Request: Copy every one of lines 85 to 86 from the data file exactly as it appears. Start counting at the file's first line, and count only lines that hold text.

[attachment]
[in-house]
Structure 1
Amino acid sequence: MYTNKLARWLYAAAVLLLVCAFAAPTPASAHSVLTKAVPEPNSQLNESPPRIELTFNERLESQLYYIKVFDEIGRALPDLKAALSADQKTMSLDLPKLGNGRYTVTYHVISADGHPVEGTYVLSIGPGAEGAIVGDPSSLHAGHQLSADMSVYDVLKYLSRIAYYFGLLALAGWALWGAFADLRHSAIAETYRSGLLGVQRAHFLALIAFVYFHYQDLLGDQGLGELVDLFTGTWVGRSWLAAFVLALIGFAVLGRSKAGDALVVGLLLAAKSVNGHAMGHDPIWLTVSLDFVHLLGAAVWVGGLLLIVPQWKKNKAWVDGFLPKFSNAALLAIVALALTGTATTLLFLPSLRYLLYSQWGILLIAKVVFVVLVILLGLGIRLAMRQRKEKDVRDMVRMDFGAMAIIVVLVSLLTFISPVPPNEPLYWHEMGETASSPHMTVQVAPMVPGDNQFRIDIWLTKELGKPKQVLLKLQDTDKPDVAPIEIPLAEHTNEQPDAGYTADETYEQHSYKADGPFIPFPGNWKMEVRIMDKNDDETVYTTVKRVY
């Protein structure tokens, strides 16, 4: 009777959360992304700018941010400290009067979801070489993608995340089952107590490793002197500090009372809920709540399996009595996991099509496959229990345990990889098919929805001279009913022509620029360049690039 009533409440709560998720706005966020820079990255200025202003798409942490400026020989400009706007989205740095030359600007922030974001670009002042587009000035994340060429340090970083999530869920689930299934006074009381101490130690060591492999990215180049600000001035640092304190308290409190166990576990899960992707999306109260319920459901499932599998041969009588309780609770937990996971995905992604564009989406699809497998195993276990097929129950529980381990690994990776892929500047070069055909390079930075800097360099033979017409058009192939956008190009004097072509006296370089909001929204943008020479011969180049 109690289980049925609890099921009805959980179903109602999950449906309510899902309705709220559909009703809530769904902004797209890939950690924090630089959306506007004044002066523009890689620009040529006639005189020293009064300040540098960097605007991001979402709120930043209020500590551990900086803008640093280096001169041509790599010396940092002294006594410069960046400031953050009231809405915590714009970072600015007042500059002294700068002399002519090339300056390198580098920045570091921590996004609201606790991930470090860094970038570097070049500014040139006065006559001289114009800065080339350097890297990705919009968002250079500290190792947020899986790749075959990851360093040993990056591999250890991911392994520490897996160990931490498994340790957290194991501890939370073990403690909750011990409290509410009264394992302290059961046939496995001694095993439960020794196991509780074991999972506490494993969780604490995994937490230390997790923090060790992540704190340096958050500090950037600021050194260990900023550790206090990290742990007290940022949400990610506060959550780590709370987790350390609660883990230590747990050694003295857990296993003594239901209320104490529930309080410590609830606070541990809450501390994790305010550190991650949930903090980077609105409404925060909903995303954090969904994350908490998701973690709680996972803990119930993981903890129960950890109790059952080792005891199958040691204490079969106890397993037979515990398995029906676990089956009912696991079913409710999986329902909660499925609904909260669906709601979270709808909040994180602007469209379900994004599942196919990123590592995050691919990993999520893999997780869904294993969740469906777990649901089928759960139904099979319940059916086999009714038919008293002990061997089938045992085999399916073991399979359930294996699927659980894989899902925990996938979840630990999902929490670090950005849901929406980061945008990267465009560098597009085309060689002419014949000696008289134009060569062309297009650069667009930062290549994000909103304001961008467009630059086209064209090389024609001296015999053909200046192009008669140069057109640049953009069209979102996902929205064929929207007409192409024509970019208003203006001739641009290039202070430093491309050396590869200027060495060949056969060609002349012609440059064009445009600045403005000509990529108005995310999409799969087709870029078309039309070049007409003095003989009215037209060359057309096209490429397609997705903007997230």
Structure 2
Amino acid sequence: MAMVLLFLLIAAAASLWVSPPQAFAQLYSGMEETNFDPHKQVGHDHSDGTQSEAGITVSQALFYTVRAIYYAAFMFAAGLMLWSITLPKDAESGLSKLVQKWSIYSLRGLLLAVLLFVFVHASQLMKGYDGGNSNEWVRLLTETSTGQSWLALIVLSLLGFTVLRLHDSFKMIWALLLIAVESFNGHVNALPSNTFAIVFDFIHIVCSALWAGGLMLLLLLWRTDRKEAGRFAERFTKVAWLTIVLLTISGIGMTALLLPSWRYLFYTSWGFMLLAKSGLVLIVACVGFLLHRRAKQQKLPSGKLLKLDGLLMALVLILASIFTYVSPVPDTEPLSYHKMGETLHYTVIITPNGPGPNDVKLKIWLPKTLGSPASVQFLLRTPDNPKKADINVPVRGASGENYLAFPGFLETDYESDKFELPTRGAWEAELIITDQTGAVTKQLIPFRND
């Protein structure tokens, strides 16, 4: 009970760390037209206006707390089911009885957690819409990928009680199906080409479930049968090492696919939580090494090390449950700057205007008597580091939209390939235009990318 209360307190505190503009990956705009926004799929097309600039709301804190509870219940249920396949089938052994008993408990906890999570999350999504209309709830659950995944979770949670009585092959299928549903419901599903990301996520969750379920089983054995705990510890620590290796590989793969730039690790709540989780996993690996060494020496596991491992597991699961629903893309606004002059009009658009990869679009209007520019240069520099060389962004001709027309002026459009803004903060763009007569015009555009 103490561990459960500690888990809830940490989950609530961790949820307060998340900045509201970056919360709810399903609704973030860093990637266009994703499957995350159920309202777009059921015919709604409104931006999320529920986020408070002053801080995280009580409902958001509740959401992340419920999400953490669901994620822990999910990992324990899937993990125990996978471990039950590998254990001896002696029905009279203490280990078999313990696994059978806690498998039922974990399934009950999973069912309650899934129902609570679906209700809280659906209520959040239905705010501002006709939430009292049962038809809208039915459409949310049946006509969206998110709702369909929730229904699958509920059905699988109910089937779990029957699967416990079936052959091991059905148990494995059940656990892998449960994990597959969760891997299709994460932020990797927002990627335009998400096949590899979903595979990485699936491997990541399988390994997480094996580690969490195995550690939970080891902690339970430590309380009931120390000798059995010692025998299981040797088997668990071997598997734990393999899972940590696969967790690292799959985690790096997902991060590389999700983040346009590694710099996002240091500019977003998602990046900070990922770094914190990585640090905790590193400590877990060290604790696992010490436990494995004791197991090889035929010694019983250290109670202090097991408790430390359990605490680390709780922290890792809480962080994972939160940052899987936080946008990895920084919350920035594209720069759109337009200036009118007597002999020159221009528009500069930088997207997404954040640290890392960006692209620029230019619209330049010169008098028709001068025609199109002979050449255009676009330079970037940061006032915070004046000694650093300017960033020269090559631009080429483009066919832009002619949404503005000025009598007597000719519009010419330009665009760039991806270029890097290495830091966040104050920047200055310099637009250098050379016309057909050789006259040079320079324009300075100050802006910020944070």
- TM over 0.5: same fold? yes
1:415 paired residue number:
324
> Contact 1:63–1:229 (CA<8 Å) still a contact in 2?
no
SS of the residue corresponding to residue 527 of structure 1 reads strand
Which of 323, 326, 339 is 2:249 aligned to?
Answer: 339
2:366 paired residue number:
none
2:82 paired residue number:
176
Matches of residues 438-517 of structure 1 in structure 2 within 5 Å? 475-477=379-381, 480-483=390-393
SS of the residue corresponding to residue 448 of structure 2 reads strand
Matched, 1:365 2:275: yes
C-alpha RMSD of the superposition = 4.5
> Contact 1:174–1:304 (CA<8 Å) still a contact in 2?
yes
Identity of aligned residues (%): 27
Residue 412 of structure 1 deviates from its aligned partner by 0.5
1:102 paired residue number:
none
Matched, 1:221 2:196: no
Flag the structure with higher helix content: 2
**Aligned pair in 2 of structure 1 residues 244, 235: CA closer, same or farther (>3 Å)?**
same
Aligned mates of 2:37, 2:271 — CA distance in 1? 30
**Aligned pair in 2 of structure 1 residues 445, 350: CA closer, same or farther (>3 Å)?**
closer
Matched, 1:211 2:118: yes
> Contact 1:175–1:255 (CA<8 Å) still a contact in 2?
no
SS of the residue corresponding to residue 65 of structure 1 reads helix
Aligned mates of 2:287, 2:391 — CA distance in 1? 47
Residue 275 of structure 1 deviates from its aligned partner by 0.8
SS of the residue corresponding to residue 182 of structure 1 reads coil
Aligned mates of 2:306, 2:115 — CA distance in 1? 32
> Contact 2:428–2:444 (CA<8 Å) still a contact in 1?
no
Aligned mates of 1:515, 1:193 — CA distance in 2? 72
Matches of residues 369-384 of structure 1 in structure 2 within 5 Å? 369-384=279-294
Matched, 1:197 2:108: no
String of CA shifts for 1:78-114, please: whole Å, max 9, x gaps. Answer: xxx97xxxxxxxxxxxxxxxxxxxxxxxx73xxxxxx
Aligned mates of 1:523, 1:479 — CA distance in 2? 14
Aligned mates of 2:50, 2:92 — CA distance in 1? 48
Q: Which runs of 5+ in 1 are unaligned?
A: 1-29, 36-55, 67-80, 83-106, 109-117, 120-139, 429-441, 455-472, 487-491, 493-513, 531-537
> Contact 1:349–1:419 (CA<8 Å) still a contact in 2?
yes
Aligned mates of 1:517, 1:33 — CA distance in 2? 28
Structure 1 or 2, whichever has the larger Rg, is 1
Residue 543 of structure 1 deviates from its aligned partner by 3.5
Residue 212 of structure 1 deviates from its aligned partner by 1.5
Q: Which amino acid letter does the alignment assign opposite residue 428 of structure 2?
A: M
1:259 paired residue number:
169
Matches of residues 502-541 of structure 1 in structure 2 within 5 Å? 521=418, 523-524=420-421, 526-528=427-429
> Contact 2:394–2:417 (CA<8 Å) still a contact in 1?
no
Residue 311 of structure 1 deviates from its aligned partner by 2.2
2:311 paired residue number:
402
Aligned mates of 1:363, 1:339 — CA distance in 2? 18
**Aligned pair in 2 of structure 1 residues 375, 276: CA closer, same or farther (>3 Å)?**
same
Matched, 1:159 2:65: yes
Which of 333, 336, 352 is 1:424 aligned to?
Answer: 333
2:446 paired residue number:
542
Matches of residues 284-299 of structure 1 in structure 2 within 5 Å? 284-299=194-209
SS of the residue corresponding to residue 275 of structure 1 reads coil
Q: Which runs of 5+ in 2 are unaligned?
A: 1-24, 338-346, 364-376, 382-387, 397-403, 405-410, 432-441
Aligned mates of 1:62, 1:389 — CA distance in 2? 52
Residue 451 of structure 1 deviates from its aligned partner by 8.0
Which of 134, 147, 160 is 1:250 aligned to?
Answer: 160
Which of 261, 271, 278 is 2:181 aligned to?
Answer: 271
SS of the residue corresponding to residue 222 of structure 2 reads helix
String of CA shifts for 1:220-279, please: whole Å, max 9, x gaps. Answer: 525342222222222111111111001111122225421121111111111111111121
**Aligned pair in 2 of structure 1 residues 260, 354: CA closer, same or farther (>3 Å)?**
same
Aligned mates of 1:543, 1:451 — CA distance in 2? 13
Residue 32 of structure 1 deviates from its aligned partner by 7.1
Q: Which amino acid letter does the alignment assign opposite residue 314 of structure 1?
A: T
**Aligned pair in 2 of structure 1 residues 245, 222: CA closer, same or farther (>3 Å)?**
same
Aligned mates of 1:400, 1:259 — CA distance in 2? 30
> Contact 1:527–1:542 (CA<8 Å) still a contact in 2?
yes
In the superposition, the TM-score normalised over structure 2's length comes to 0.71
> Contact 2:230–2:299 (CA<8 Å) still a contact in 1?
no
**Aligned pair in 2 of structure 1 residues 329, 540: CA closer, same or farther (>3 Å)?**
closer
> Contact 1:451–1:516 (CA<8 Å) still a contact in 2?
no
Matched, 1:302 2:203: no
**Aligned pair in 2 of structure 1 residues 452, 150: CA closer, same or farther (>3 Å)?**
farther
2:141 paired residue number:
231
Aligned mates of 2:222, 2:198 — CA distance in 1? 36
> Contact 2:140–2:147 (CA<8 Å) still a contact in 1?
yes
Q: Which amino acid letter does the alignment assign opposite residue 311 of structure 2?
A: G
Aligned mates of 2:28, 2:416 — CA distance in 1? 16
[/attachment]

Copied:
Which of 134, 147, 160 is 1:250 aligned to?
Answer: 160